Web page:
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'It is important to come together' | Gainesville AME church returns following foiled attack

During the first service after police caught a teen accused of plotting the murders of church members, leaders said they want to make what would be evil turn to good

GAINESVILLE, Ga. — Members of a Gainesville African Methodist Episcopal church were back in their sanctuary on Sunday morning -- days after local authorities arrested a 16-year-old girl who was accused of crafting a plot to kill members of that church.

Authorities reportedly told church leaders that she admired Dylan Roof -- the convicted killer of nine parishioners who were gunned down during a Bible study at the historic Mother Emanuel AME Church in Charleston, S.C., four years ago.

The service was attended by a mix of the church's regular members, different faith leaders, national AME church officials and concerned community members -- all rallying together to offer support to the congregation.

"It's not just about Bethel," said Rev. Dr. Michelle Rizer-Pool, pastor of Bethel AME. "It's in the House of Worship all around the world that things are happening. It's important to come together."

RELATED: Gainesville's Bethel AME holds first church service after teen's planned attack was uncovered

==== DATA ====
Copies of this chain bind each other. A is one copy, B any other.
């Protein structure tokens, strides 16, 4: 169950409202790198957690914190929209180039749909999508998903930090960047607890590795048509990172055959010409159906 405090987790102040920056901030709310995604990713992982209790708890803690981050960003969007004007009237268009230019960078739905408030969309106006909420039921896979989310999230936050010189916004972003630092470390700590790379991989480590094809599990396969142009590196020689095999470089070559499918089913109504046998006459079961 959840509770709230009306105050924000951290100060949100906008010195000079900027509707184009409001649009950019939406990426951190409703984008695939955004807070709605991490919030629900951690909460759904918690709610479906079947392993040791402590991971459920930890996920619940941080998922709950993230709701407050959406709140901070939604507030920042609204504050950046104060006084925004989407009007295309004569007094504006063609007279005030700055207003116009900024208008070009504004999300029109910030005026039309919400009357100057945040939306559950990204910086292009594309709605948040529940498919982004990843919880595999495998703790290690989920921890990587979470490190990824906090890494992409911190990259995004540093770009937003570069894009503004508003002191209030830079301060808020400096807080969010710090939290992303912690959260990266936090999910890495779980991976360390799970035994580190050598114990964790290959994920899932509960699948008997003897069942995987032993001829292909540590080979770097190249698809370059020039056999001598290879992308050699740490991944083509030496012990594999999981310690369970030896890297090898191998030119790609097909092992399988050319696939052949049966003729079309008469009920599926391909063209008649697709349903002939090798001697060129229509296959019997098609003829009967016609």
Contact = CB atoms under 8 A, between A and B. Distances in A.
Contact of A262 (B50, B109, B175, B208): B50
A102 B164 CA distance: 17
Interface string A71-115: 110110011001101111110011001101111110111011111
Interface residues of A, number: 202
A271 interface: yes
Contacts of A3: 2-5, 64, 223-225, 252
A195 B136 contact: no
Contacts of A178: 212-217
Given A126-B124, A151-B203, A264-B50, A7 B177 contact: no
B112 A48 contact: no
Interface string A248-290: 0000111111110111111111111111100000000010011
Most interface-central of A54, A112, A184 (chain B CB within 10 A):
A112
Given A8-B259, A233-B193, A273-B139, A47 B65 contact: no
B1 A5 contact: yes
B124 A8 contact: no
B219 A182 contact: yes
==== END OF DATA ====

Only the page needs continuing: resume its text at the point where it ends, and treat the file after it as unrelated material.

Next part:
Rizer-Pool says the support has been overwhelming. Her message to her congregation was to not be fearful.

She also expressed how she's felt over the past week.

"I've been, of course, in and out of emotions," she said.

As of now, police said the 16-year-old girl accused of planning to attack Bethel AME is being charged as a juvenile and remains in custody.

"Bethel made what was meant for evil turn out for good," said Bishop Reginald Jackson of the AME's Sixth Episcopal District.

Meanwhile, national AME officials are pushing for the teen to be charged as an adult. They plan to hold a rally in January at the Georgia State Capitol.

RELATED: Girl planning attack on Gainesville church idolized Charleston shooter, bishop says

They want to continue to place pressure on state lawmakers to pass a hate crime law.

Georgia is one of only four states in the nation without some sort of hate crime statute on the books.

This past week, AME churches in metro Atlanta have put an emphasis on security.

Rev. Pool says the church purchased new security cameras. On Sunday, a police officer was parked outside the sanctuary.

RELATED: Police: Teen had plan to attack metro Atlanta church, murder 'multiple' people

As a military veteran, Pool said safety has always, and will continue to be, second nature to her.

"I have to stand tall and be strong to say God is with me," she said.

AME church leaders are asking all religious groups to continue to step up security.

As for the teen charged in this alleged planned attack, police have not released her identity because she is a juvenile. 


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